I use to love the Suze Orman show. People would call in and ask their money questions and she would answer them. Today I’m going to be like Suze Orman, the black version of course, who likes the change her hair up all the time and listen to J.Cole, just call me Young O (Kidding I still go by Candice Marie).
Today I’m going to answer someone’s email publicly of course I will keep him or her anonymous. I believe that many people have the same situation as the reader and so I wanted to help multiple people at once. If you have a question you can email me at email@example.com
Here we go:
“Candice, Id like to change my relationship with money. It’s a commodity, well I feel like it. But when I get more, I’m frivolous with it. I’d like to be more disciplined and careful about my spending. I live in the unknown a lot, until it’s too late. And even knowing some ways I can change that. It’s still difficult.“
The land of the unknown isn’t a very fun place to be, but I use to live there as well. I use to swipe without doing the math, spend without planning, and live as if everything were fine. Weekends came and whatever was in my account was up for grabs. Like a dog without a leash, I was free to roam and boy did it feel good.
Until I’d check my account on Monday morning, I was living in a façade. On the outside it looked like I had it, but my bank account was like – nah girl, we need to talk. I was drowning in debt, and the only lifeguard that could rescue me was myself.
I had to change my relationship with money if I wanted to change my situation.
It sounds easy, but it’s not. Just like any bad relationship it can be hard to change and your money isn’t any different. You’re comfortable with how you live your life right now. It’s all you know. It’s all you’ve been taught. It’s all your parents have showed you.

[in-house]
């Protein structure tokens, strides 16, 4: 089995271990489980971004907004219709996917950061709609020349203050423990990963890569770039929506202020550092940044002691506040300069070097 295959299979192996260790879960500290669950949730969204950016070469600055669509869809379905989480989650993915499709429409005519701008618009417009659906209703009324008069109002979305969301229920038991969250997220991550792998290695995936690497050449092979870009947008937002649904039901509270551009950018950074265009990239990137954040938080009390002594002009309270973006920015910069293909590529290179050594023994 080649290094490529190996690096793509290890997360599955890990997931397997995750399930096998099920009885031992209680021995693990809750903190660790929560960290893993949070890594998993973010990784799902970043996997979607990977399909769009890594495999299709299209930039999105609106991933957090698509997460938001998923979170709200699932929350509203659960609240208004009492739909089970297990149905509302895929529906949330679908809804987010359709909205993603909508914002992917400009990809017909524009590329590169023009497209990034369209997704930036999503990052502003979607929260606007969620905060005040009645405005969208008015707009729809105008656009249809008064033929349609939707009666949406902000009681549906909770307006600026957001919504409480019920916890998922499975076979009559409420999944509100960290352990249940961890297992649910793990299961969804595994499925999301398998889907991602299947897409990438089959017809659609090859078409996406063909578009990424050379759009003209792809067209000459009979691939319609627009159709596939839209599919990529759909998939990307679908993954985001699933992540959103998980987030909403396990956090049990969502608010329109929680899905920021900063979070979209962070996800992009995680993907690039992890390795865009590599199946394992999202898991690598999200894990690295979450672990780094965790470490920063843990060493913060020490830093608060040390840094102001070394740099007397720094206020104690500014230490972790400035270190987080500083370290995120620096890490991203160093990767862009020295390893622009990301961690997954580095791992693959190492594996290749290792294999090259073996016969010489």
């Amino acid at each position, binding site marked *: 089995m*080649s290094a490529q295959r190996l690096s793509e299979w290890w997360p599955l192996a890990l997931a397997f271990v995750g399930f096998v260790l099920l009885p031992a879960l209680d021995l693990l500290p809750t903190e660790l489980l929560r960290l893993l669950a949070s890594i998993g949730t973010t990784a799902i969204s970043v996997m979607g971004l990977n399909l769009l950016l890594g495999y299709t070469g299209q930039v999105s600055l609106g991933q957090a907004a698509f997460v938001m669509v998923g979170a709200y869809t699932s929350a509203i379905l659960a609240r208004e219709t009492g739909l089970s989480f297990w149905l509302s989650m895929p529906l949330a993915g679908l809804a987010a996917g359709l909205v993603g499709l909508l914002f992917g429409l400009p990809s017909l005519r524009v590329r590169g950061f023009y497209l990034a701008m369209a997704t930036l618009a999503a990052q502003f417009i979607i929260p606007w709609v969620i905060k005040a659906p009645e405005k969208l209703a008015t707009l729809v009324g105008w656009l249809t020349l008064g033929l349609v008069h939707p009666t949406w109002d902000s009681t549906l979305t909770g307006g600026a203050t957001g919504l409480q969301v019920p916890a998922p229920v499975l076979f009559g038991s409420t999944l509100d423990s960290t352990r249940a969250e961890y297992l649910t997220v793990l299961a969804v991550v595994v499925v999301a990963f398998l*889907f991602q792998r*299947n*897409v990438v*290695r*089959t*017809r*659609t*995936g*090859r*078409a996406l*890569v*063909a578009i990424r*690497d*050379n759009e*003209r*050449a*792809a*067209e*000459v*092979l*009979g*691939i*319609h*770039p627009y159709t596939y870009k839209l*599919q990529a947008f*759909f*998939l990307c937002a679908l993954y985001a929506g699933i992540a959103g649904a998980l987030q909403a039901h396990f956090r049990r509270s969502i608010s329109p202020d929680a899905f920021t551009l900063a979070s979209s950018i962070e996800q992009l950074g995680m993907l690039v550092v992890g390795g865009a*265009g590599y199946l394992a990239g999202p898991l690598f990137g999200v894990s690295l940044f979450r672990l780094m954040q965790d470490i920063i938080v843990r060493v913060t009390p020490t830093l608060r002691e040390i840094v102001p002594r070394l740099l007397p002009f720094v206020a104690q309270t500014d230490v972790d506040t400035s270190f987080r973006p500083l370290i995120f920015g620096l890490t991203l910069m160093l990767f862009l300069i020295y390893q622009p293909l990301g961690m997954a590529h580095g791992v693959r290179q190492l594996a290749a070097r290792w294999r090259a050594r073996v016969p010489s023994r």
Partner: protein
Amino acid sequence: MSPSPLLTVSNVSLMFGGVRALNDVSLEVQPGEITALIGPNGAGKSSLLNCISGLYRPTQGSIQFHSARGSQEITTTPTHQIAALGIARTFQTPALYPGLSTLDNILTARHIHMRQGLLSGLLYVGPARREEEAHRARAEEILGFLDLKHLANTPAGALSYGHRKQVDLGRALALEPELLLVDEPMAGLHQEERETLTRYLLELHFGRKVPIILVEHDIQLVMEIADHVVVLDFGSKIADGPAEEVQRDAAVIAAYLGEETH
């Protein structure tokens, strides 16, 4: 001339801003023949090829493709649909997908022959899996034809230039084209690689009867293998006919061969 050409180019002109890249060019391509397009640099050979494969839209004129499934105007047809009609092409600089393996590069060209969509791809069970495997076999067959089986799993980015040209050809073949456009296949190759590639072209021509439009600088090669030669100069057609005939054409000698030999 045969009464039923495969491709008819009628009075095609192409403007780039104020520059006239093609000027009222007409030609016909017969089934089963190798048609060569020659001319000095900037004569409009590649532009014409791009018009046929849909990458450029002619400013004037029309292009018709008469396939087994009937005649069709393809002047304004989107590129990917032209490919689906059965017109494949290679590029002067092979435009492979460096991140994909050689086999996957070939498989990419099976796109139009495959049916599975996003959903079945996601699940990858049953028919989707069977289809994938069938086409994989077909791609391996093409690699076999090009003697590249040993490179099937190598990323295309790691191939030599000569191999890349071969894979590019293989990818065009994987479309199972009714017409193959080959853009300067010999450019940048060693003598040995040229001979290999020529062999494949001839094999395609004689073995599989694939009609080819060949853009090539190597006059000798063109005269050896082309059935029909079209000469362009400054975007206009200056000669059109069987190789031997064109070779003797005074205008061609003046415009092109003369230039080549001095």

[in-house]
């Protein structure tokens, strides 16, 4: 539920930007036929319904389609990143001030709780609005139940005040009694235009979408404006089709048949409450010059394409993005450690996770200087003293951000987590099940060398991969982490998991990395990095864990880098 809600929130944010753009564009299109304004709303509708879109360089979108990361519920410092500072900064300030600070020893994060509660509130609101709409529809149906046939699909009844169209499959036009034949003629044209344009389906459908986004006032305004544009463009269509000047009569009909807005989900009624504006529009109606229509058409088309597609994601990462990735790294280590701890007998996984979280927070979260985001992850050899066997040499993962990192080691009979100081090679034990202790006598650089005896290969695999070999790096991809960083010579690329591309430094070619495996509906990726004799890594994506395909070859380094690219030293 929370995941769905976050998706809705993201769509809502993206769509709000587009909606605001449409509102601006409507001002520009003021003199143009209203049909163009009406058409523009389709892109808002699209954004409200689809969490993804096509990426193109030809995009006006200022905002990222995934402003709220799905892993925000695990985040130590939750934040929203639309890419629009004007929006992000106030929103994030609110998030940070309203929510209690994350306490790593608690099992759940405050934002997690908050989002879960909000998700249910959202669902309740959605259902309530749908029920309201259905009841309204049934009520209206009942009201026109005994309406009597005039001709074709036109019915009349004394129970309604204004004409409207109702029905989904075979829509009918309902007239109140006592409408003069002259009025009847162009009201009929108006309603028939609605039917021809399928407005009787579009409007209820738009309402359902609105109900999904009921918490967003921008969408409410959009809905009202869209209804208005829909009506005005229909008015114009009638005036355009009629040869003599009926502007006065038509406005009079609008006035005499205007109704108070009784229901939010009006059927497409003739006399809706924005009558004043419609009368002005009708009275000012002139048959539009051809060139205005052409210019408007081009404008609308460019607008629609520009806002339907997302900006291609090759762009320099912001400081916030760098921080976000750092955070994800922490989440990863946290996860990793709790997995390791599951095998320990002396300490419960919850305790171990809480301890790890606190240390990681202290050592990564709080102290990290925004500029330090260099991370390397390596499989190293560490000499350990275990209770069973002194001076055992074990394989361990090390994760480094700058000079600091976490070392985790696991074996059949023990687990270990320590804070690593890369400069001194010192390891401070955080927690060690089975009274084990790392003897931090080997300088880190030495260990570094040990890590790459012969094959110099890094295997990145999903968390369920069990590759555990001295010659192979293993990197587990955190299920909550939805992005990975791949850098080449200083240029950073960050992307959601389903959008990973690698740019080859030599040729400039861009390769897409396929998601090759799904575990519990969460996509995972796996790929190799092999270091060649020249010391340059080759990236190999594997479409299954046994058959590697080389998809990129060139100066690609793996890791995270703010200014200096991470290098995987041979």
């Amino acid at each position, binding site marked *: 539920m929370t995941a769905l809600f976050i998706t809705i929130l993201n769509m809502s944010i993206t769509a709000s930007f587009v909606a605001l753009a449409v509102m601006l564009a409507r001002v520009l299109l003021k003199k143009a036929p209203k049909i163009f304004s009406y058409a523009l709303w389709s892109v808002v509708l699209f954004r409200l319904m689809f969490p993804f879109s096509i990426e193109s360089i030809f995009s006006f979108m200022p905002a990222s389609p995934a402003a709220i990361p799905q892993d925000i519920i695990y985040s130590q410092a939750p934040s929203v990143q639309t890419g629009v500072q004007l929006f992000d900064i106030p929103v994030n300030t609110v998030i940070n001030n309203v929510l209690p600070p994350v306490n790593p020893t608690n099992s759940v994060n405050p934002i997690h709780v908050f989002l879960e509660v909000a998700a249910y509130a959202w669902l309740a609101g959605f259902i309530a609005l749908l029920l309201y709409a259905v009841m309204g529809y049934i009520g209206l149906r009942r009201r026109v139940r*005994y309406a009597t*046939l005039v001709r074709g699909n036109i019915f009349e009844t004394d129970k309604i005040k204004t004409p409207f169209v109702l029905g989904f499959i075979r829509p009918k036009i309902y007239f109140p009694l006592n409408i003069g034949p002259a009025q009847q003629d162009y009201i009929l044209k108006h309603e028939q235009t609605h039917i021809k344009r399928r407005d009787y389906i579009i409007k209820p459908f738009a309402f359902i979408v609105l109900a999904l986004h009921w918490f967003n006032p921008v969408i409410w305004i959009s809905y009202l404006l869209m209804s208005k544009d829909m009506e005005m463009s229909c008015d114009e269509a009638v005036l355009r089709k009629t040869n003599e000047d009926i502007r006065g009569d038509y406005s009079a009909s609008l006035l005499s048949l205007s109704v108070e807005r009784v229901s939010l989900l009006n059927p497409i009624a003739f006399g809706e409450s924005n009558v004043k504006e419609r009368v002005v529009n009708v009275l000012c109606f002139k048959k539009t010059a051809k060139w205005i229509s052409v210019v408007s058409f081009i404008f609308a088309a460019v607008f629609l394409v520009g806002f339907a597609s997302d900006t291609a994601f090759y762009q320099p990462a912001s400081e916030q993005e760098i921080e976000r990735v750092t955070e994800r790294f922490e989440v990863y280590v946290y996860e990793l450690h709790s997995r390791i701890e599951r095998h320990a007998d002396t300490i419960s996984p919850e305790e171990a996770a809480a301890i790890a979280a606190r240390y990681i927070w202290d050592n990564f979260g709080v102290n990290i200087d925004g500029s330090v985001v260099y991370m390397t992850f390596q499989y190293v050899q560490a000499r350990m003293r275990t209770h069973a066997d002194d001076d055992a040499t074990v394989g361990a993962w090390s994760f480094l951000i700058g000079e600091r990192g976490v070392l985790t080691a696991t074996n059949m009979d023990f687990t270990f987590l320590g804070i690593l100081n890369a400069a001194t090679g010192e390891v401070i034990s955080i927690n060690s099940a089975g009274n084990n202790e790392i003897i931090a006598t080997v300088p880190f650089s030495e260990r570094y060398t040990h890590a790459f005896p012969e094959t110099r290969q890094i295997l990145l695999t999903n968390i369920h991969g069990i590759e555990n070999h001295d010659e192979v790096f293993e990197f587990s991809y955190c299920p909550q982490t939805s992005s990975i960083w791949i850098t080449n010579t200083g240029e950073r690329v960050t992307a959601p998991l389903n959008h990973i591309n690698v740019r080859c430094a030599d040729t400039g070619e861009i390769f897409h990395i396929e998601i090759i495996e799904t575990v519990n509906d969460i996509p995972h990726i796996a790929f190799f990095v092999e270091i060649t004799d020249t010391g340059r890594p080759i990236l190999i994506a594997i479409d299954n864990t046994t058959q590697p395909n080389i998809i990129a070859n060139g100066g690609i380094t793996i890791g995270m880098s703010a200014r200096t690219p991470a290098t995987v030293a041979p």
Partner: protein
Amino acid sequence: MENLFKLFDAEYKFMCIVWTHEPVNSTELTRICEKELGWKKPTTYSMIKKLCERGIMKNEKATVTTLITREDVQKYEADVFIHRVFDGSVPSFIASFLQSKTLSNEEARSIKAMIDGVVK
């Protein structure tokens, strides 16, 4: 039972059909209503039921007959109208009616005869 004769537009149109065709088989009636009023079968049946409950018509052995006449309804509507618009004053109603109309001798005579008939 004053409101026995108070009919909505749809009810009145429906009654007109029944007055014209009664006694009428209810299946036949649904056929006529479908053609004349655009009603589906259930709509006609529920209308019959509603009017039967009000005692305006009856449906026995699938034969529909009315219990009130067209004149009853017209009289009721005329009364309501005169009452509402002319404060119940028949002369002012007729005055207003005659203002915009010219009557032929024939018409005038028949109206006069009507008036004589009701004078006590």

The key is you have to want it bad enough.
Many of us are telling ourselves that we want to change our situation with our money, but we’re only dipping our toes in the water.
No you need to jump in, I don’t care if you don’t want to get your hair wet. GET IN THE WATER. Lol
You know what the definition of frivolous is? Let’s ask our good old trusted friend Google.
- not having any serious purpose or value.
- carefree and not serious.
Many of use are treating our money like a dog without a leash, letting it run free and wondering why we don’t have any?
You are the person who is holding the leash. You are the person who is steering your money. Your parents aren’t steering your leash, your friends aren’t steering your leash, your significant other isn’t steering your leash. It’s you holding the leash. You are in control of your money.
If you need more accountability of when it comes to your money I’ve created a membership to keep you on track so you can reach your money goals. It’s a place where you can rant about that new dress that you want to buy, but know you should use the money towards your credit care debt instead.
This is a private paid membership that helps urban millennials properly manage their money. Go from help my pockets are hella broke, I have no idea where all my money should go to my money plan is Litt, i’m paying off debt, my savings account is flourishing oh did I mention my skin is glowing and my edges are growing back. (Well I can’t help with the skin and edges but once you get your money right everything else seems to fall in line.) Learn more about The Young Yet Wise Society here.